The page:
The director on his small screen series ''Morton & Hayes''

The July 24 premiere of the limited-run series Morton & Hayes was interesting for two reasons: (1) As a spoof of old two-reel comedies, it had an unusual premise, and (2) it marked the television return of Meathead — Rob Reiner, who got his start playing the beleaguered son-in-law on All in the Family. The creator of Morton & Hayes, Reiner is also the Alistair Cooke-esque host of the show, which follows a fictitious ’30s-era movie comedy team (played by Kevin Pollak and Bob Amaral) who bumble their way through a series of slapstick misadventures.

Reiner, of course, is known today as the director of such top-rank films as This Is Spinal Tap, Stand by Me, and Misery. So why is he returning to the small screen when more money, prestige, and, presumably, creative control are in films? ”I’m not sure I really have an answer for that,” says Reiner, 46. ”Basically, this show has been an idea of mine for 13 years. But no one ever wanted to do it. I pitched it to everybody. Many times.”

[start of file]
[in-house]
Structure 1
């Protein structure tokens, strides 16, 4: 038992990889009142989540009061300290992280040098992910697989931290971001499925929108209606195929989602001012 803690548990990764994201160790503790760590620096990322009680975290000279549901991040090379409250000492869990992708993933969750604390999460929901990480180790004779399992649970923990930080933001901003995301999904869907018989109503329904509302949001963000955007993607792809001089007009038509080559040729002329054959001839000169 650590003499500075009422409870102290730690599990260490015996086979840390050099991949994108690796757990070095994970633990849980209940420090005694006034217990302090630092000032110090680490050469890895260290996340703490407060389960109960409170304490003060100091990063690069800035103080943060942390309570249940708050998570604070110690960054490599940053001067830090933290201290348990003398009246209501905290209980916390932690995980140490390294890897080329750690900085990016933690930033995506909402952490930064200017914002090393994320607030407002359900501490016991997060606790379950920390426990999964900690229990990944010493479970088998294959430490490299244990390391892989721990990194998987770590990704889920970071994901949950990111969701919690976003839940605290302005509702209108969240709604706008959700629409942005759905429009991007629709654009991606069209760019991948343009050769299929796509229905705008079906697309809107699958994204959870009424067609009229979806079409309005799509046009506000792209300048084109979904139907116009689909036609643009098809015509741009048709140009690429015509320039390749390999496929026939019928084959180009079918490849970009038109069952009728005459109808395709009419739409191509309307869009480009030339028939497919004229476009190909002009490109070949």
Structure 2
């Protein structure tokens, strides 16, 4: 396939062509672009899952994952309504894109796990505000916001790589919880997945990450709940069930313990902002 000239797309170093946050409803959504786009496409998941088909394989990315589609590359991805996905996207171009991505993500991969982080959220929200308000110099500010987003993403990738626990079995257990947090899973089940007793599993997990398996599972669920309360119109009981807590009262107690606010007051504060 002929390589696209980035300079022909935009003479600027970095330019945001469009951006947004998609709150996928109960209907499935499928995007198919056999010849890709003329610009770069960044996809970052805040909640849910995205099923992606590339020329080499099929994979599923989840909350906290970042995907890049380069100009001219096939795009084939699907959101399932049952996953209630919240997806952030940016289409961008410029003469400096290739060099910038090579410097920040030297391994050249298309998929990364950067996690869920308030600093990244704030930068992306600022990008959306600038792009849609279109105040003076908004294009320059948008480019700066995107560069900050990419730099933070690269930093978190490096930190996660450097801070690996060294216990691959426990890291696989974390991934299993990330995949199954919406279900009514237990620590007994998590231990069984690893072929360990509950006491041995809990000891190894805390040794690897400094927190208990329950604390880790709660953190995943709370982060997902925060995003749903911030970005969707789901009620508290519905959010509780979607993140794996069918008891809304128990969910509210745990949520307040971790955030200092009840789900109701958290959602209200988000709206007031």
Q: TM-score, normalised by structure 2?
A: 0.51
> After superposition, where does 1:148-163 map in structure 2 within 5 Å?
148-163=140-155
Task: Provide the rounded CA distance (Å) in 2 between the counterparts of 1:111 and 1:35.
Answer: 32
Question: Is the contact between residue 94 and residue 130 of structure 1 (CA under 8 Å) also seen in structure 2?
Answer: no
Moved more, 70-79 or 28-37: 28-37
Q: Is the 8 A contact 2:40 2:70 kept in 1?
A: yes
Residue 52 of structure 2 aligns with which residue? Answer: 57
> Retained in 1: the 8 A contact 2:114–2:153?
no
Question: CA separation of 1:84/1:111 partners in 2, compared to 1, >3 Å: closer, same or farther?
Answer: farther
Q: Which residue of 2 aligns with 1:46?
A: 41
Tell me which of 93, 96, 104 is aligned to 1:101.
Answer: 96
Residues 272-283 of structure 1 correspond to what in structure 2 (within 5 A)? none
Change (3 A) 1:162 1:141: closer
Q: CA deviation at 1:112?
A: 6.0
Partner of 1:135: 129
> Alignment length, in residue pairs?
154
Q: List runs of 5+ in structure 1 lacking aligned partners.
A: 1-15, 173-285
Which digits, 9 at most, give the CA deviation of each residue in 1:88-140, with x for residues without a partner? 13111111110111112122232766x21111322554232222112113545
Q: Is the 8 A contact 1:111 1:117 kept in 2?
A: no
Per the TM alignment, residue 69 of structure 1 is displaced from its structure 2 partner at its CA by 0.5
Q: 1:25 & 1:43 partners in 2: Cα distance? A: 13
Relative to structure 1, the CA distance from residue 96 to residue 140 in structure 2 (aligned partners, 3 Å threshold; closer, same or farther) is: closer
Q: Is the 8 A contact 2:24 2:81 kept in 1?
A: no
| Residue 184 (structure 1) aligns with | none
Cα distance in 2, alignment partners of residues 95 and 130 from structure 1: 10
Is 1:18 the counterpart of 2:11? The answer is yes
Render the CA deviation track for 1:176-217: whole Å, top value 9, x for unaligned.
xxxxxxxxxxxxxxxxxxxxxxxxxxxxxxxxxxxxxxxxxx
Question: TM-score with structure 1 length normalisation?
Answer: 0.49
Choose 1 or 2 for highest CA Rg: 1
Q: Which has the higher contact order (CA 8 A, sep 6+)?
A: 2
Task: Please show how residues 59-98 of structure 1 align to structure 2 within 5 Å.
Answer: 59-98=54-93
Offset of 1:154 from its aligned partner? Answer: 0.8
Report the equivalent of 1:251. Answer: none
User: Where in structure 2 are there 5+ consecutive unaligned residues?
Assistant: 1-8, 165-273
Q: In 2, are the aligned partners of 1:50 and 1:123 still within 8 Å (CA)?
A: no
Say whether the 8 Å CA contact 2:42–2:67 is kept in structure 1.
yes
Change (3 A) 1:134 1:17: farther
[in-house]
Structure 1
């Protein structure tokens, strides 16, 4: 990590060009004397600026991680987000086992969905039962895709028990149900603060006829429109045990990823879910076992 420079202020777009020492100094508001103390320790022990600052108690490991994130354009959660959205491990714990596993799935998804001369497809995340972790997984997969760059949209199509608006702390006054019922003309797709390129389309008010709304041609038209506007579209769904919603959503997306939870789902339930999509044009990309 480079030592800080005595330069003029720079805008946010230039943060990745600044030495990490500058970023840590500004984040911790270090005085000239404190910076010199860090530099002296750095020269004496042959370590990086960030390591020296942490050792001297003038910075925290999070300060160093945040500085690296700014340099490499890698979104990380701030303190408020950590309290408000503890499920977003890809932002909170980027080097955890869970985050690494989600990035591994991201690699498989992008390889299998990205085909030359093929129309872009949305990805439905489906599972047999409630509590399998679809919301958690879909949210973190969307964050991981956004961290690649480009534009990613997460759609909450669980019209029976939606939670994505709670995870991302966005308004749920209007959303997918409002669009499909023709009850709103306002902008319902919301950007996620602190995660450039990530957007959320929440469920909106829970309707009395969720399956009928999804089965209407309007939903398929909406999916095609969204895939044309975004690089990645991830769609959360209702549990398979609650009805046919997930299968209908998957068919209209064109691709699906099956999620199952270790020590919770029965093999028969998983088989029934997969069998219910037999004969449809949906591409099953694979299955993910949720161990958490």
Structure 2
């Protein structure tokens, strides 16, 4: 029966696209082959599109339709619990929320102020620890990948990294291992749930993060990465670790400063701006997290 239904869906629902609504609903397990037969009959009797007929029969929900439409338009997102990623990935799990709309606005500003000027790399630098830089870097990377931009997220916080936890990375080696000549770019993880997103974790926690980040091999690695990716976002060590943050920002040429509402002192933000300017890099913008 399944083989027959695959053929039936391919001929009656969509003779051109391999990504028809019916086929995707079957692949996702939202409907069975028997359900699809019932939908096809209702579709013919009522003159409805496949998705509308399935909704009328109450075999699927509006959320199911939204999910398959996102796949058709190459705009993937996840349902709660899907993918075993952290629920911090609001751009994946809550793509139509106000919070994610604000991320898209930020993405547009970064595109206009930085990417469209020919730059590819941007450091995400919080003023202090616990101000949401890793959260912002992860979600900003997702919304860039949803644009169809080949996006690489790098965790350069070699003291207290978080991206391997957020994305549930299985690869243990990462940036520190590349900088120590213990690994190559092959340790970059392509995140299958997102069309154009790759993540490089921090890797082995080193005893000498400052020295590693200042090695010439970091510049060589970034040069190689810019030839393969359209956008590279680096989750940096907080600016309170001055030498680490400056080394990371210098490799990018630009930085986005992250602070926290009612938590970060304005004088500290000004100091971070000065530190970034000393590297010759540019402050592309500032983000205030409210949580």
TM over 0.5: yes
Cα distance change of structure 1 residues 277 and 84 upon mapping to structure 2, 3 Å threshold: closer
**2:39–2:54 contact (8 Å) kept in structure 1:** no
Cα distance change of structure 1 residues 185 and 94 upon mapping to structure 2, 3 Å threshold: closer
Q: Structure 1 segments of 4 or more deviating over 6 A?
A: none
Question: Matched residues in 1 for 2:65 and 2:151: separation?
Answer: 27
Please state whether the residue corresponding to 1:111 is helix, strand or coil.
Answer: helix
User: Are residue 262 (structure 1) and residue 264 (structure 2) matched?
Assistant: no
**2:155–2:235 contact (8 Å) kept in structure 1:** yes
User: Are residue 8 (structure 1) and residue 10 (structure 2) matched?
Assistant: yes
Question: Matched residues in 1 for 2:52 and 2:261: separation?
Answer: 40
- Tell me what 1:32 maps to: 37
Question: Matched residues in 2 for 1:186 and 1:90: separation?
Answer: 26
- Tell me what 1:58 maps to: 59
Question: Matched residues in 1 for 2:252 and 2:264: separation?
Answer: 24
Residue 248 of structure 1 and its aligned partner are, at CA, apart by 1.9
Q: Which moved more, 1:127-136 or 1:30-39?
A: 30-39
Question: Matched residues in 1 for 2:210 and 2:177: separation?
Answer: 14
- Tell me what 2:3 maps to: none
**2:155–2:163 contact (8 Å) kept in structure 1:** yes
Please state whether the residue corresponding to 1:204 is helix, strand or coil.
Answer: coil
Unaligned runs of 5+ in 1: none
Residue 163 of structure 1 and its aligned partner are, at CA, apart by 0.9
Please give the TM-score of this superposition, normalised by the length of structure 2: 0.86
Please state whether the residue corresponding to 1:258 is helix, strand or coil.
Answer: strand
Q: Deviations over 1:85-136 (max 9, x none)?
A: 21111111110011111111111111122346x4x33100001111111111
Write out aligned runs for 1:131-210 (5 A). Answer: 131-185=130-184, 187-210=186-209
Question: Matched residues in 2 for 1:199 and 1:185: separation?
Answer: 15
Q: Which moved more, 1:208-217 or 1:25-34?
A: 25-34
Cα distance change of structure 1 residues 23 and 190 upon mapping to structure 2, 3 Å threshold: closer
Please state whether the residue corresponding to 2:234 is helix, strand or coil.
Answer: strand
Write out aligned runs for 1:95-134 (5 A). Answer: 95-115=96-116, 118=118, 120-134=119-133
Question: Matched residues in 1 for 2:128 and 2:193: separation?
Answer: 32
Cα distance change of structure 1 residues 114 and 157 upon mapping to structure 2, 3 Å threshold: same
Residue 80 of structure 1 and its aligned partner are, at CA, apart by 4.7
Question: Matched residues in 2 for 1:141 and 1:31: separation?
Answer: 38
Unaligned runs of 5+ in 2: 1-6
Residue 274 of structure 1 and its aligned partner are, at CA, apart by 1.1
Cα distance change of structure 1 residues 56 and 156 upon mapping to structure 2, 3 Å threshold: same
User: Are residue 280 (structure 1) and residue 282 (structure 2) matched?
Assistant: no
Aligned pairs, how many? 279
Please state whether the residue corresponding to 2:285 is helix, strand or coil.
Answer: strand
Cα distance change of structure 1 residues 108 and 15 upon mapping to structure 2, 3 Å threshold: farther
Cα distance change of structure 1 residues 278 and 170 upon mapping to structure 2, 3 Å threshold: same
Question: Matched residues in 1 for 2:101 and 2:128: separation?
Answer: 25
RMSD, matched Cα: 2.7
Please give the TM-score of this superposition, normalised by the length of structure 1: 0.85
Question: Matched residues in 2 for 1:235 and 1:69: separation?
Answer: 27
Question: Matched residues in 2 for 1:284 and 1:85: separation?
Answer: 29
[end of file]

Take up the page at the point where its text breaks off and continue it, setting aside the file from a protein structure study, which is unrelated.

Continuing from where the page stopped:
Reiner allows that the idea — a lowbrow, intentionally cheesy-looking black-and-white show with an anthology premise — didn’t exactly loom large on network programmers’ lists of high-concept shows. But he never gave up on it. ”I guess now either they figure the time is right,” he says, ”or they’re more comfortable with me since I’ve attained a certain amount of success.”

Still, CBS has ordered only six episodes, which does not suggest a long life for Morton & Hayes. ”It’s going to be hard to get a foothold,” Reiner admits. ”All in the Family took 26 weeks to catch on. And when my dad (Carl Reiner) did The Dick Van Dyke Show, that took, like, 32 episodes to make a mark. The networks usually don’t have the nerve or the stomach to stick with a unique show and let it build.” And we know, at least in the movies, if you build it, they will come.